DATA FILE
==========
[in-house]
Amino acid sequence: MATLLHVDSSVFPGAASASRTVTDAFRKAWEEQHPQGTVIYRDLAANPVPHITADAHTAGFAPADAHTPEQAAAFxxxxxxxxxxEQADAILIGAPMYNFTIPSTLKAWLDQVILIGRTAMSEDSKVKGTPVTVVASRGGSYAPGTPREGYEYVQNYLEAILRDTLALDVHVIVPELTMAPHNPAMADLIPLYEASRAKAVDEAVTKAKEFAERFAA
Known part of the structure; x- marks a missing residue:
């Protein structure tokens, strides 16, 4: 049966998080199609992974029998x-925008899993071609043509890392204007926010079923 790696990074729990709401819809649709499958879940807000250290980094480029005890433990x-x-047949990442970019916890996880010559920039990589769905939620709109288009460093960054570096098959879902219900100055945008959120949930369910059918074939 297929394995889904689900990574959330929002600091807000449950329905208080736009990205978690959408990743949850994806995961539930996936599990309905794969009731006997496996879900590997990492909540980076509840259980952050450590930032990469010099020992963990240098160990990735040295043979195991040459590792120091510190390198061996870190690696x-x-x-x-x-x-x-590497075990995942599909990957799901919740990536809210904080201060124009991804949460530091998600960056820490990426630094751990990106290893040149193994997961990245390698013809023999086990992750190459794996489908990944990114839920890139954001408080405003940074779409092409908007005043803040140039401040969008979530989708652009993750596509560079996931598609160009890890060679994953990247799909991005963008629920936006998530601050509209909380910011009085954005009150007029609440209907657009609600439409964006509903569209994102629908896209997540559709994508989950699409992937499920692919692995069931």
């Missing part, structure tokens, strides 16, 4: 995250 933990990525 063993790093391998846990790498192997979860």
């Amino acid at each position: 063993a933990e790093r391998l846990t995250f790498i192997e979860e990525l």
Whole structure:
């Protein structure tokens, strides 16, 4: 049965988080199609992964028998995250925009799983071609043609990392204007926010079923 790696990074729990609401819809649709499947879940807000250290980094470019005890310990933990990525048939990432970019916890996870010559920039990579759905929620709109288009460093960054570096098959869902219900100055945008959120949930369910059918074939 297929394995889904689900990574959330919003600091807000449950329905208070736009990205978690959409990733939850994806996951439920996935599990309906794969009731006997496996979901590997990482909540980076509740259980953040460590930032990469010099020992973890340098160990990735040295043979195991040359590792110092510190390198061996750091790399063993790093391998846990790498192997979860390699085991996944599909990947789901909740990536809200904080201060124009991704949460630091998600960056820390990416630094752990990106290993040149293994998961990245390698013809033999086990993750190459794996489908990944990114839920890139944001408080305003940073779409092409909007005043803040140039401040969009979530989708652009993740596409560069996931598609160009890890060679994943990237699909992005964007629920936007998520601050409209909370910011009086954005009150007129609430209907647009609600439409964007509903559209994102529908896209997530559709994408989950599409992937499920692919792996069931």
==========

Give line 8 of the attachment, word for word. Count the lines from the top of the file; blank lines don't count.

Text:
């Protein structure tokens, strides 16, 4: 049965988080199609992964028998995250925009799983071609043609990392204007926010079923 790696990074729990609401819809649709499947879940807000250290980094470019005890310990933990990525048939990432970019916890996870010559920039990579759905929620709109288009460093960054570096098959869902219900100055945008959120949930369910059918074939 297929394995889904689900990574959330919003600091807000449950329905208070736009990205978690959409990733939850994806996951439920996935599990309906794969009731006997496996979901590997990482909540980076509740259980953040460590930032990469010099020992973890340098160990990735040295043979195991040359590792110092510190390198061996750091790399063993790093391998846990790498192997979860390699085991996944599909990947789901909740990536809200904080201060124009991704949460630091998600960056820390990416630094752990990106290993040149293994998961990245390698013809033999086990993750190459794996489908990944990114839920890139944001408080305003940073779409092409909007005043803040140039401040969009979530989708652009993740596409560069996931598609160009890890060679994943990237699909992005964007629920936007998520601050409209909370910011009086954005009150007129609430209907647009609600439409964007509903559209994102529908896209997530559709994408989950599409992937499920692919792996069931």